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I'm having a little trouble organizing my error messages for two interacting classes. One object has states that are 'error-ish', where something went wrong, or happened unexpectedly, but the situation is still salvageable. I don't want to use exceptions, 1. because they only have a single string for the message, and 2. because I want to access the object after the error. At the very least, I want to use some of its get() methods to construct a useful error message after the exception!

Ultimately I have two messages I want to communicate: one to myself as the coder, that something went wrong. This string would have the technical details of the file, line, function/method, arguments, and results. Obviously, I don't want to show this to the user, so there is another string of an error message that I want to show the user ("That email address was not found" kind of thing ).

So the thought occurs to me to build an error message array, which could use the error code from exceptions, or a status code, as keys for various messages. ( Though if I do this, where do I store the array of messages? ) Another option might be to make an error status object.

Is there anything like "error patterns", similar to design patterns?

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2 Answers

up vote 3 down vote accepted

Exceptions really are your best option, they do everything you asked. Even multiple messages are possible, since exceptions are just classes that you can extend. You could just pass the object that causes the exception to said exception.

<?php
class ExampleException extends Exception {
  private $secondMessage;
  private $objectThatCausedIt;
  public function __construct( $secondMessage, $objectThatCausedIt ) {
    parent::__construct(
      "Descriptive message for developer",
      // error code for this type of error
      1000 );
    $this->secondMessage = $secondMessage;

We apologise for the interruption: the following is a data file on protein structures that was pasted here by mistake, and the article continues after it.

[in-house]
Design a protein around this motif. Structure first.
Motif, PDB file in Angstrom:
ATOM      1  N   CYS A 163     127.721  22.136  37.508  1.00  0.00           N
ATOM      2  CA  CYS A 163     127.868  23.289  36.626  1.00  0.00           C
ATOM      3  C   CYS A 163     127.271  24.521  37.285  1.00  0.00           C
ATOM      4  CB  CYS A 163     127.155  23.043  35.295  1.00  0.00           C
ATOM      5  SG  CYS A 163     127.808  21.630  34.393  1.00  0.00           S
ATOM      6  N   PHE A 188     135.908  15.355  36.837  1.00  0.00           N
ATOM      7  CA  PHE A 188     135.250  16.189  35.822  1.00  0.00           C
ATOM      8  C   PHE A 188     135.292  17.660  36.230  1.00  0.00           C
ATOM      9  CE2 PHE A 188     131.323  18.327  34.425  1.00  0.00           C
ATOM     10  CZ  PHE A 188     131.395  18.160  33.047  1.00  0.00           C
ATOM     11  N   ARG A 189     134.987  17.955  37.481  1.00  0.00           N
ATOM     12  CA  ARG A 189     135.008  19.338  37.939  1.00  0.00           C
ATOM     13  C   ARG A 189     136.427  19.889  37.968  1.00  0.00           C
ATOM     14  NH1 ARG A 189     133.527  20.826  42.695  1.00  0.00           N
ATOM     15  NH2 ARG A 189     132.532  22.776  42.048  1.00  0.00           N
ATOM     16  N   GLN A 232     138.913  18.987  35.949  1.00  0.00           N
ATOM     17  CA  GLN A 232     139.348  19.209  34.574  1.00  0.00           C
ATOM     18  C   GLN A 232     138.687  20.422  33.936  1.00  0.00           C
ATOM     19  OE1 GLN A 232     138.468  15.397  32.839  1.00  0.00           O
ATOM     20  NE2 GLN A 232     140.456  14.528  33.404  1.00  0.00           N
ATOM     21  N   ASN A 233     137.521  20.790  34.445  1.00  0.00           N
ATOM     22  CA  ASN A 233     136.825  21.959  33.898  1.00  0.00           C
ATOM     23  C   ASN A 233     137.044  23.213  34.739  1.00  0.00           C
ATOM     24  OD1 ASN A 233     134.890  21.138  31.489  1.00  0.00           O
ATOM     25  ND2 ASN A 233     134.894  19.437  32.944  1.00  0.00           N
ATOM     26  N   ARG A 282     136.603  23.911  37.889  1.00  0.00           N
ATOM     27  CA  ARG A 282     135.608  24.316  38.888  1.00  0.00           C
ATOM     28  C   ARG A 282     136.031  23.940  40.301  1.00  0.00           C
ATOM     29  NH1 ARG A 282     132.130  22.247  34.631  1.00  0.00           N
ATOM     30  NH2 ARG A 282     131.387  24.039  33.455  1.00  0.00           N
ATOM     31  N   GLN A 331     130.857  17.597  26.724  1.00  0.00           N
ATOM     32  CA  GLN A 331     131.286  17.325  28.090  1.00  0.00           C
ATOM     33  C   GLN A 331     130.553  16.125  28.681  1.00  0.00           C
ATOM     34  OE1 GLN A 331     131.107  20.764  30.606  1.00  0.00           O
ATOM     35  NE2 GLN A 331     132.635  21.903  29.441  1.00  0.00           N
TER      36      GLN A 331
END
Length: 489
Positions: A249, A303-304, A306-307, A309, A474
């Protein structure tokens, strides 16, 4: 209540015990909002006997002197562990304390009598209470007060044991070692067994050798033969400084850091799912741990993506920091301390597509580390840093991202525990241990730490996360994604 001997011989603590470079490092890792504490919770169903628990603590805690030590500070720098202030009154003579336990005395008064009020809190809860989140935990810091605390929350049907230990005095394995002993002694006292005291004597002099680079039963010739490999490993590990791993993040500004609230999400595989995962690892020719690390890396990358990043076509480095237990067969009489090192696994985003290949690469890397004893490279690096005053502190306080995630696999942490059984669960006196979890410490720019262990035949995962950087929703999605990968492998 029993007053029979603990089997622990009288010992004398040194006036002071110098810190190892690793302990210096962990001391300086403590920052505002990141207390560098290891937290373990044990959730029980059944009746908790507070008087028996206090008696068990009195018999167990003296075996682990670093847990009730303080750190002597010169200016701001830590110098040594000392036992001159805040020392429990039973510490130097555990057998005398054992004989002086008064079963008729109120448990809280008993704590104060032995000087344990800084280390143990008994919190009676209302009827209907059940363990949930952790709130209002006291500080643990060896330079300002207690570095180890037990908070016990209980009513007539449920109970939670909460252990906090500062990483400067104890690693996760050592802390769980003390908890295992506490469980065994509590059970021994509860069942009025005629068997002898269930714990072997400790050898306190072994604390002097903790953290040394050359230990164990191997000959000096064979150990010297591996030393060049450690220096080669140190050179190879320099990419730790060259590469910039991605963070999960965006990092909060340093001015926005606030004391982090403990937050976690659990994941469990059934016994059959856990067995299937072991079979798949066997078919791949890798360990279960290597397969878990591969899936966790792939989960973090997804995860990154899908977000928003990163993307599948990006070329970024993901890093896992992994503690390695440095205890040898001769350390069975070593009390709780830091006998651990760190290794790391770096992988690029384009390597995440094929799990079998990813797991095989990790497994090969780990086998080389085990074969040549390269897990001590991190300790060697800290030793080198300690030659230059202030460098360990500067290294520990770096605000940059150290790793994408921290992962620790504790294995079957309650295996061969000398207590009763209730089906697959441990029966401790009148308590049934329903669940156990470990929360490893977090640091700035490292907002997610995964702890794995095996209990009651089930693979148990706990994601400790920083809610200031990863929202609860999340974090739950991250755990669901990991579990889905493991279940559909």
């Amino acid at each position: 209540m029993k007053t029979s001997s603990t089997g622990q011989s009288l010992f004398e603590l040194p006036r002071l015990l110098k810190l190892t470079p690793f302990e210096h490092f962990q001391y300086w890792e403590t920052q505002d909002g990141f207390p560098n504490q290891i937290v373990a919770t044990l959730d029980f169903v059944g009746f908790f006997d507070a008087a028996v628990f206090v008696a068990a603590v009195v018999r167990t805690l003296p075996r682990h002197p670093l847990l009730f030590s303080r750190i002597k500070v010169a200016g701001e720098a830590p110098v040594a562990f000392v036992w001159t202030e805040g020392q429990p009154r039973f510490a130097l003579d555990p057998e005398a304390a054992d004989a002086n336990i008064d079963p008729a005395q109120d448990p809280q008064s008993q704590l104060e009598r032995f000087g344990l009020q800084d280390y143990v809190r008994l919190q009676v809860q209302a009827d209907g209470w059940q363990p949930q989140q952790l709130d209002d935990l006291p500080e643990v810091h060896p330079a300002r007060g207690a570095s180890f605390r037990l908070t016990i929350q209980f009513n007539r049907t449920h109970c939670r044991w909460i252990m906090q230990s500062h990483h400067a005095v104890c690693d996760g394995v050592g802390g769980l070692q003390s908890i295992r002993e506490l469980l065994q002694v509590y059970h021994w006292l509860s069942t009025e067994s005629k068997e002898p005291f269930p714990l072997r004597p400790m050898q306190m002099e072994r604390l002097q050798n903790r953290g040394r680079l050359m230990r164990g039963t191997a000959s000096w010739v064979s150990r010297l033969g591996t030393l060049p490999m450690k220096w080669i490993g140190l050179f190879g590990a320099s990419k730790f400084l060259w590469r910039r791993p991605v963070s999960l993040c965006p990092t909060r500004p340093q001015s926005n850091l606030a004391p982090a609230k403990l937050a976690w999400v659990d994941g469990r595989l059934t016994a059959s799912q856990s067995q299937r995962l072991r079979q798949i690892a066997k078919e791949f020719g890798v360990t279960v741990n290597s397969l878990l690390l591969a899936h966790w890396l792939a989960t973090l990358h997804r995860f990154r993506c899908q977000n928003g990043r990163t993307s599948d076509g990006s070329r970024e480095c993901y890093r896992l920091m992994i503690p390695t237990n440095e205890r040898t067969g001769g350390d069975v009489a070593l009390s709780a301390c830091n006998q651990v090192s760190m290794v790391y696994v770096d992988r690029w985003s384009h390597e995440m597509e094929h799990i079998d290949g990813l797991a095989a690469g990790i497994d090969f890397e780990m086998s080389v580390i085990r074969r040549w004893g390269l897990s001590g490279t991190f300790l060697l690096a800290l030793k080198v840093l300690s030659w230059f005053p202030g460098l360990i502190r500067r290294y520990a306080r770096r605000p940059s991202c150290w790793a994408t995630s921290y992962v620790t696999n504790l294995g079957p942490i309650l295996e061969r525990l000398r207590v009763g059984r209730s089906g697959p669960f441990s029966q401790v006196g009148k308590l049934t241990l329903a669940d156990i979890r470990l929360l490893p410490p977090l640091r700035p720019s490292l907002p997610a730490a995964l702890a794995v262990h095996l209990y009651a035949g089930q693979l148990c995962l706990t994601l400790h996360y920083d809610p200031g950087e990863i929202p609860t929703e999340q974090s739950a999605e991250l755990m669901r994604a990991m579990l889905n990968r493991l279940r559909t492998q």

$this->objectThatCausedIt = $objectThatCausedIt;
  }
  public function getSecondMessage() {
    return $this->secondMessage;
  }
  public function getObjectThatCausedIt() {
    return $this->objectThatCausedIt;
  }
}

class Example {
  public function causeException() {
    throw new ExampleException( "Second Message", $this );
  }
}

Now you just use the class and wrap the call that might throw the exception in a try-catch block.

<?php
$example = new Example();
try {
  $example->causeException();
}
catch ( ExampleException $e ) {
  // kind of pointless here, just an illustration
  // get object that caused it and do something with it.
  dump_and_log_function( $e->getObjectThatCausedIt() );
  // or just use $example, which is still "alive"
  // and references the same instance
  dump_and_log_function( $example );
}

Extending Exception has the benefit that you also get a stack backtrace. The backtrace contains information like in what file, line and function the exception occured. You can also access the error code, the message and more. I suggest you read the PHP documentation on Exceptions (http://php.net/manual/en/class.exception.php) for more information.

Regarding the error messages and logging, I usually use a singleton class for that. A singleton class has only one instance of itself (in case you didn't know.) Here is an extremely simple example: